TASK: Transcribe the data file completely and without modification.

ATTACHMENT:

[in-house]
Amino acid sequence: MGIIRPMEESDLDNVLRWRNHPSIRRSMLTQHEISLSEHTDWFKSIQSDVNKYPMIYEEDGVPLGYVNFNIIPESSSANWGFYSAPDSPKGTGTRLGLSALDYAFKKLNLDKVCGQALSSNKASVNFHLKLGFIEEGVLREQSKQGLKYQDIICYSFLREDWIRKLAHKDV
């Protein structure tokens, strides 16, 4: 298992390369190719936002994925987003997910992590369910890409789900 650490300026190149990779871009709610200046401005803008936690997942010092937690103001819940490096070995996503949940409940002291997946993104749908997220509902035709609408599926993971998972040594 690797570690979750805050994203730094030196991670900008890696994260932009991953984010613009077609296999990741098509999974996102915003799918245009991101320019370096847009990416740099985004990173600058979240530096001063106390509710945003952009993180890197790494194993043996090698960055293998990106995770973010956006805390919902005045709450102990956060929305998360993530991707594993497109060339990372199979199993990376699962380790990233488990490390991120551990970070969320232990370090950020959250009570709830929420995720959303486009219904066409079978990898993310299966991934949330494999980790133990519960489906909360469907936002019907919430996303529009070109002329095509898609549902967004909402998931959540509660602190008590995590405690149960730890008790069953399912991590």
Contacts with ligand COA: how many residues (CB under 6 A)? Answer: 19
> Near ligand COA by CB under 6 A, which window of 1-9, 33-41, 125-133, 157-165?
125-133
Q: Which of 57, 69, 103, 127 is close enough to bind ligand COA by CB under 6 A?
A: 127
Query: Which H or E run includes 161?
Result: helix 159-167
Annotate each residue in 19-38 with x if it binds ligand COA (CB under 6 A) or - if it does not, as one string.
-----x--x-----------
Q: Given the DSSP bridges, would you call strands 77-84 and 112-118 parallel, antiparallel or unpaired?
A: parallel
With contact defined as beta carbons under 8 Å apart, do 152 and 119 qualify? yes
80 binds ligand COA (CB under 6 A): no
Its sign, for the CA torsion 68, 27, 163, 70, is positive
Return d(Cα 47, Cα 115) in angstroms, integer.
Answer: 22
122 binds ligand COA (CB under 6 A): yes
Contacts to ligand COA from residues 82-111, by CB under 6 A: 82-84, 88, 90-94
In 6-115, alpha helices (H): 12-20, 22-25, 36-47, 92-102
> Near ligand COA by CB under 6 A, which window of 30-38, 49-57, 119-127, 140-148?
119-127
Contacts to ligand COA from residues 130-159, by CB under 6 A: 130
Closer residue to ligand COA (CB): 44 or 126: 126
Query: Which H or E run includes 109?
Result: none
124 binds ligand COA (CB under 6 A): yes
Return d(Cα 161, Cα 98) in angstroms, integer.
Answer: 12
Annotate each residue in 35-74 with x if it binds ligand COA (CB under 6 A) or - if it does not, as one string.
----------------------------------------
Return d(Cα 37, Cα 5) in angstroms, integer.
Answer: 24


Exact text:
[in-house]
Amino acid sequence: MGIIRPMEESDLDNVLRWRNHPSIRRSMLTQHEISLSEHTDWFKSIQSDVNKYPMIYEEDGVPLGYVNFNIIPESSSANWGFYSAPDSPKGTGTRLGLSALDYAFKKLNLDKVCGQALSSNKASVNFHLKLGFIEEGVLREQSKQGLKYQDIICYSFLREDWIRKLAHKDV
């Protein structure tokens, strides 16, 4: 298992390369190719936002994925987003997910992590369910890409789900 650490300026190149990779871009709610200046401005803008936690997942010092937690103001819940490096070995996503949940409940002291997946993104749908997220509902035709609408599926993971998972040594 690797570690979750805050994203730094030196991670900008890696994260932009991953984010613009077609296999990741098509999974996102915003799918245009991101320019370096847009990416740099985004990173600058979240530096001063106390509710945003952009993180890197790494194993043996090698960055293998990106995770973010956006805390919902005045709450102990956060929305998360993530991707594993497109060339990372199979199993990376699962380790990233488990490390991120551990970070969320232990370090950020959250009570709830929420995720959303486009219904066409079978990898993310299966991934949330494999980790133990519960489906909360469907936002019907919430996303529009070109002329095509898609549902967004909402998931959540509660602190008590995590405690149960730890008790069953399912991590």
Contacts with ligand COA: how many residues (CB under 6 A)? Answer: 19
> Near ligand COA by CB under 6 A, which window of 1-9, 33-41, 125-133, 157-165?
125-133
Q: Which of 57, 69, 103, 127 is close enough to bind ligand COA by CB under 6 A?
A: 127
Query: Which H or E run includes 161?
Result: helix 159-167
Annotate each residue in 19-38 with x if it binds ligand COA (CB under 6 A) or - if it does not, as one string.
-----x--x-----------
Q: Given the DSSP bridges, would you call strands 77-84 and 112-118 parallel, antiparallel or unpaired?
A: parallel
With contact defined as beta carbons under 8 Å apart, do 152 and 119 qualify? yes
80 binds ligand COA (CB under 6 A): no
Its sign, for the CA torsion 68, 27, 163, 70, is positive
Return d(Cα 47, Cα 115) in angstroms, integer.
Answer: 22
122 binds ligand COA (CB under 6 A): yes
Contacts to ligand COA from residues 82-111, by CB under 6 A: 82-84, 88, 90-94
In 6-115, alpha helices (H): 12-20, 22-25, 36-47, 92-102
> Near ligand COA by CB under 6 A, which window of 30-38, 49-57, 119-127, 140-148?
119-127
Contacts to ligand COA from residues 130-159, by CB under 6 A: 130
Closer residue to ligand COA (CB): 44 or 126: 126
Query: Which H or E run includes 109?
Result: none
124 binds ligand COA (CB under 6 A): yes
Return d(Cα 161, Cα 98) in angstroms, integer.
Answer: 12
Annotate each residue in 35-74 with x if it binds ligand COA (CB under 6 A) or - if it does not, as one string.
----------------------------------------
Return d(Cα 37, Cα 5) in angstroms, integer.
Answer: 24